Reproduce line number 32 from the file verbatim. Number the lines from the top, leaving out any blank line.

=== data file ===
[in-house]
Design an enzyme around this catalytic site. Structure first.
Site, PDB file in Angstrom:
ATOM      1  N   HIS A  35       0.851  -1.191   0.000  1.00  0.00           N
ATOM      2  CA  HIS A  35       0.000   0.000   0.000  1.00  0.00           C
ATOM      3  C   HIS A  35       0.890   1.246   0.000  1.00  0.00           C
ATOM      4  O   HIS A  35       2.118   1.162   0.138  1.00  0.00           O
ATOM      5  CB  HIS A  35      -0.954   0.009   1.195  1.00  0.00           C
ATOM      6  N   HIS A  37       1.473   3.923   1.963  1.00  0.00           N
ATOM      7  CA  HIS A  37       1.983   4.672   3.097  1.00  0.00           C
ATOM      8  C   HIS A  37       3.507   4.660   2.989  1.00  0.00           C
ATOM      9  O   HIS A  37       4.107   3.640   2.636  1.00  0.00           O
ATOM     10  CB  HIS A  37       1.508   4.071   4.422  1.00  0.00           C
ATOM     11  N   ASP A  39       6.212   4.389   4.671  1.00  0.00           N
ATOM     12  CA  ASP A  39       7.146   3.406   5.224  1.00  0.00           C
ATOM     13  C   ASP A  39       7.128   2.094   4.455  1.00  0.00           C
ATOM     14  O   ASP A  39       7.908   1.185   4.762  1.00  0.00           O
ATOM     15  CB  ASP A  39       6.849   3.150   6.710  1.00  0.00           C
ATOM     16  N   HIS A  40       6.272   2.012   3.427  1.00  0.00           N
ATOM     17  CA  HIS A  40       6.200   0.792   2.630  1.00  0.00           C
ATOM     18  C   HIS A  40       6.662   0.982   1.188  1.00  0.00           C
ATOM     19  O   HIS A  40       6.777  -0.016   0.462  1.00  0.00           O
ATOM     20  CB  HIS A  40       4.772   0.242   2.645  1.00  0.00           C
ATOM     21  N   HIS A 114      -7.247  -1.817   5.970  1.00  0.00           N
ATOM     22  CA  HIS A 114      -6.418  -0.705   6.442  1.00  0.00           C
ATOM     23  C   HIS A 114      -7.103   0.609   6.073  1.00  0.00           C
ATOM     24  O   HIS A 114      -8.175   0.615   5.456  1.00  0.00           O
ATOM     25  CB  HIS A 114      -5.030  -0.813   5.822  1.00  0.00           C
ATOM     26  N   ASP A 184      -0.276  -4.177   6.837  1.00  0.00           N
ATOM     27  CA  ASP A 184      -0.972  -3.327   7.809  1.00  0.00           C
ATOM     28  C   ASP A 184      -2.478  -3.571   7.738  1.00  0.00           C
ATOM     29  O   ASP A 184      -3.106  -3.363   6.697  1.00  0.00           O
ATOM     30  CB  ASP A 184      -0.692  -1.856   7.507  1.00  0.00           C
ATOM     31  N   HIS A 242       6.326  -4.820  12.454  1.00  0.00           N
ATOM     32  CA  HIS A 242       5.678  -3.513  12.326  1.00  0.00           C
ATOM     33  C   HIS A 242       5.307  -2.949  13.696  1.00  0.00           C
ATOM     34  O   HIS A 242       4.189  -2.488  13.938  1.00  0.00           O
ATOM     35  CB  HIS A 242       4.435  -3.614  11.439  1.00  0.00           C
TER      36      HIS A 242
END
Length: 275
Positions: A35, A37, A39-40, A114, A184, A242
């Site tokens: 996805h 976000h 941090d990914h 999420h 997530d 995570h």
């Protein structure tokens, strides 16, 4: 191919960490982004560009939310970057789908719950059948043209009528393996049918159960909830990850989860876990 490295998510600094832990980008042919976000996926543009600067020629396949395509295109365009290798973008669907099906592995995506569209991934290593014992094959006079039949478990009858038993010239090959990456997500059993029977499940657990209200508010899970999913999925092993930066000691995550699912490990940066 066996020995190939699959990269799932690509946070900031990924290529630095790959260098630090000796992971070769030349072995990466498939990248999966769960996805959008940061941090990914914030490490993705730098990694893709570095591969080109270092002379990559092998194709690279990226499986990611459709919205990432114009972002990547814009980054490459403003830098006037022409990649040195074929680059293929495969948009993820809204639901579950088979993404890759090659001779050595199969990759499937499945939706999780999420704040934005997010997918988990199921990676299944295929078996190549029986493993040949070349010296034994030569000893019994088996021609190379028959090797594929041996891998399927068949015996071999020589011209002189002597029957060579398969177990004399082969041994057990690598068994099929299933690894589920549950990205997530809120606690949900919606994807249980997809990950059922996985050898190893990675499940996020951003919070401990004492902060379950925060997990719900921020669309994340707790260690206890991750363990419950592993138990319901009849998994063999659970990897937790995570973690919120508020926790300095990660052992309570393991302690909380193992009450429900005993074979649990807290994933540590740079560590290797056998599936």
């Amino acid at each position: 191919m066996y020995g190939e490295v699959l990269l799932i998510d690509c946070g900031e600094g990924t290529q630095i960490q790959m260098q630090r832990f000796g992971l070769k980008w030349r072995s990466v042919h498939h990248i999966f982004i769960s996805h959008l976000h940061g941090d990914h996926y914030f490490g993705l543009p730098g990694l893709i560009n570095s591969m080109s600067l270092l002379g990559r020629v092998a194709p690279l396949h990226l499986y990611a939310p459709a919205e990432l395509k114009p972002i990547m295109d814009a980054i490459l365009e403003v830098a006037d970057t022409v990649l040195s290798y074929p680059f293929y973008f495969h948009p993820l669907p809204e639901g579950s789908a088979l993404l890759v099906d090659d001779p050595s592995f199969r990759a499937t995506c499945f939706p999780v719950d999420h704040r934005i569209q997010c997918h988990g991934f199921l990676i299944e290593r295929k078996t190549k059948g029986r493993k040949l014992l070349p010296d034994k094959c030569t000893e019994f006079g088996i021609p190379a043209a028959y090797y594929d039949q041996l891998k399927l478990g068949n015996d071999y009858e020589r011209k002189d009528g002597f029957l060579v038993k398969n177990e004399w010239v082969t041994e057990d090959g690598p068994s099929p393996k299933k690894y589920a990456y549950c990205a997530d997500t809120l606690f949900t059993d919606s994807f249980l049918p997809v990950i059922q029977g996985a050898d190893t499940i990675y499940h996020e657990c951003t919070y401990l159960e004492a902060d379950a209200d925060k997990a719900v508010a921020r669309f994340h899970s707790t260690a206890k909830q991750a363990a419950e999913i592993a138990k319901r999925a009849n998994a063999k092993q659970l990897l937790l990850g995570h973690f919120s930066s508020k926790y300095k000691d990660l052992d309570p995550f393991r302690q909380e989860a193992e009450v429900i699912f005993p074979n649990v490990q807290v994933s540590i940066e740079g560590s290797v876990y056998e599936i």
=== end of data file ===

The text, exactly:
ATOM     29  O   ASP A 184      -3.106  -3.363   6.697  1.00  0.00           O